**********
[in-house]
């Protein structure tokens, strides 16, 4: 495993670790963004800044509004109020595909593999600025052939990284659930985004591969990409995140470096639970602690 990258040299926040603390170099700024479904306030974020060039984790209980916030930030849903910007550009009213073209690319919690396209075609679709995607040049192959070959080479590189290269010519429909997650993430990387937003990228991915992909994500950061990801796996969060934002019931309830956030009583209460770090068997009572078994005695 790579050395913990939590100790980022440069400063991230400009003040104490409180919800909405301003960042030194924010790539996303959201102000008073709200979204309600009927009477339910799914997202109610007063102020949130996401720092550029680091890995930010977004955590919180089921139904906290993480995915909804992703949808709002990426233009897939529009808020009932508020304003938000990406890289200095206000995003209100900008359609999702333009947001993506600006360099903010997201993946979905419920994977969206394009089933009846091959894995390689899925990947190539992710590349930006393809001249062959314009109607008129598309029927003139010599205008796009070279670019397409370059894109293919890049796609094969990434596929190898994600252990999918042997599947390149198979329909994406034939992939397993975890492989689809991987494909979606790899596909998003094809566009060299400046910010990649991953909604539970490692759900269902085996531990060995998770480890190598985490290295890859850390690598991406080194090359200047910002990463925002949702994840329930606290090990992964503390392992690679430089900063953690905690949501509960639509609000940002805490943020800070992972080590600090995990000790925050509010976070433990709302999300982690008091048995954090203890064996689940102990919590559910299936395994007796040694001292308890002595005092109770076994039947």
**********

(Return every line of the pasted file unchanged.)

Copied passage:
[in-house]
């Protein structure tokens, strides 16, 4: 495993670790963004800044509004109020595909593999600025052939990284659930985004591969990409995140470096639970602690 990258040299926040603390170099700024479904306030974020060039984790209980916030930030849903910007550009009213073209690319919690396209075609679709995607040049192959070959080479590189290269010519429909997650993430990387937003990228991915992909994500950061990801796996969060934002019931309830956030009583209460770090068997009572078994005695 790579050395913990939590100790980022440069400063991230400009003040104490409180919800909405301003960042030194924010790539996303959201102000008073709200979204309600009927009477339910799914997202109610007063102020949130996401720092550029680091890995930010977004955590919180089921139904906290993480995915909804992703949808709002990426233009897939529009808020009932508020304003938000990406890289200095206000995003209100900008359609999702333009947001993506600006360099903010997201993946979905419920994977969206394009089933009846091959894995390689899925990947190539992710590349930006393809001249062959314009109607008129598309029927003139010599205008796009070279670019397409370059894109293919890049796609094969990434596929190898994600252990999918042997599947390149198979329909994406034939992939397993975890492989689809991987494909979606790899596909998003094809566009060299400046910010990649991953909604539970490692759900269902085996531990060995998770480890190598985490290295890859850390690598991406080194090359200047910002990463925002949702994840329930606290090990992964503390392992690679430089900063953690905690949501509960639509609000940002805490943020800070992972080590600090995990000790925050509010976070433990709302999300982690008091048995954090203890064996689940102990919590559910299936395994007796040694001292308890002595005092109770076994039947």